With the “set it and forget it” method, the CO2 is pumped into the keg at the serving pressure of 12 – 15 psi, which will slowly carbonate the beer over a longer period of time, compared to other methods.

A pressure of 12 to 15 psi is usually an optimal serving pressure, depending on where you live. The optimal serving pressure is 12 psi, if you are at sea level. For every 1000 feet above sea-level, add an additional 1/2 psi.

So turn the gas on, adjust the regulator between 12 and 15 psi, and cold crash the keg in a kegerator or refrigerator while it is under pressure, and let it ride until it is carbonated.

Depending on the style of beer, this will probably take between 7 and 14 days for the beer to fully carbonate. Go ahead and take a sample sip after 4 or 5 days to get a better idea of the carbonation level.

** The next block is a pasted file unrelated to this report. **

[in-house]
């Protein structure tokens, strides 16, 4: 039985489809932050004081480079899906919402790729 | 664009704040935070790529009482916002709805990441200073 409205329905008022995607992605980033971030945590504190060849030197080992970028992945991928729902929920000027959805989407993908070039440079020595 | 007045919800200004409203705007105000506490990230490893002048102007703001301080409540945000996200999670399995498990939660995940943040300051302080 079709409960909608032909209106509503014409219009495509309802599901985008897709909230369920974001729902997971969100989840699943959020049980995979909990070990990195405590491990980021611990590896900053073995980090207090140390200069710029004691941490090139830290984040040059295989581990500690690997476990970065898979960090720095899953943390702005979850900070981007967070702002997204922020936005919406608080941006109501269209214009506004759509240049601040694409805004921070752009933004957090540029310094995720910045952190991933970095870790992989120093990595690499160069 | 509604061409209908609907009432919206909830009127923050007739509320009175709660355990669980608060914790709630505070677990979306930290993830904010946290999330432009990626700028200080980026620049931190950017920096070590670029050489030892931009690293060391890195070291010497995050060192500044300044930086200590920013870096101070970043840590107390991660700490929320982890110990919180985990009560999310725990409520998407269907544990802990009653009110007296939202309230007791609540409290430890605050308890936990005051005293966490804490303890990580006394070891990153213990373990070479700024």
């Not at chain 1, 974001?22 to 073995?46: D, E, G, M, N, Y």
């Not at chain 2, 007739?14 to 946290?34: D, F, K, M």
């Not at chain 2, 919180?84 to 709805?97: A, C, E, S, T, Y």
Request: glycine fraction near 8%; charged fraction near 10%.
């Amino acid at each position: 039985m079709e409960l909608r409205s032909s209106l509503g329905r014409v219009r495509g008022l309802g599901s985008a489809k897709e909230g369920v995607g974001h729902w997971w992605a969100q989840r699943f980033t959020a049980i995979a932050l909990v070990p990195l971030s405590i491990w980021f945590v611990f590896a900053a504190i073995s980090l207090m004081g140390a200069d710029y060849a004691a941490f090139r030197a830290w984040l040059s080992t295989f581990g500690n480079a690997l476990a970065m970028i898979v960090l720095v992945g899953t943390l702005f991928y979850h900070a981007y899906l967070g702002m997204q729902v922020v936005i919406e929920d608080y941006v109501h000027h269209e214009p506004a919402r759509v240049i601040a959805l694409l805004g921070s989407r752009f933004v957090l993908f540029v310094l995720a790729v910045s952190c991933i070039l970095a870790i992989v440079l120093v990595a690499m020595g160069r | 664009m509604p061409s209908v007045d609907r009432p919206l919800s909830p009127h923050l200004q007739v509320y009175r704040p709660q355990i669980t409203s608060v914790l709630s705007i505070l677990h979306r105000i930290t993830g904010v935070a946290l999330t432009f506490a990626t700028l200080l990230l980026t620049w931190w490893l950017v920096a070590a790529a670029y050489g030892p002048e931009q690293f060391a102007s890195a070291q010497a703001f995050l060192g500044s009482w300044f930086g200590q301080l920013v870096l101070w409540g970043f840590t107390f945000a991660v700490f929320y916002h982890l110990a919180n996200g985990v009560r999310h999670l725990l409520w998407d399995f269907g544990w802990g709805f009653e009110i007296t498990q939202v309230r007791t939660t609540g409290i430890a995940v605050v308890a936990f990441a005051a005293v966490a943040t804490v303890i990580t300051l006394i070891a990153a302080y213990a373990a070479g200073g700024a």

Although you need to have some patience, this low and slow method is probably the easiest and the most consistent of all.

Pros

  • Simple to do
  • Consistent results
  • Very little risk of over-carbonation
  • Gives time for sediment to settle at the bottom of the keg

Cons

  • Takes the most time of all force carbonation methods

High Pressure CO2 Burst

The force carbonation method will carbonate your beer faster than “set it and forget it” shown above. There is a much higher chance of over-carbonation, but the trade-off is getting to drink your beer much sooner.

Feed the keg with a higher amount of CO2 between 30 and 40 psi for 12 to 24 hours. The higher the pressure, the faster the beer will carbonate.

After a day or so, purge the keg. then reduce the pressure to your desired serving pressure.

Pros

  •  Ready to drink sooner than “set it and forget it”

Cons

  •  Risk of over-carbonation

Shake It Up

If you are too impatient and want to get the job done much quicker, try one of these two shaking techniques instead.  With the “shake it” method, you will be able to drink a nice carbonated beer in much sooner, and get a nice workout in at the same time.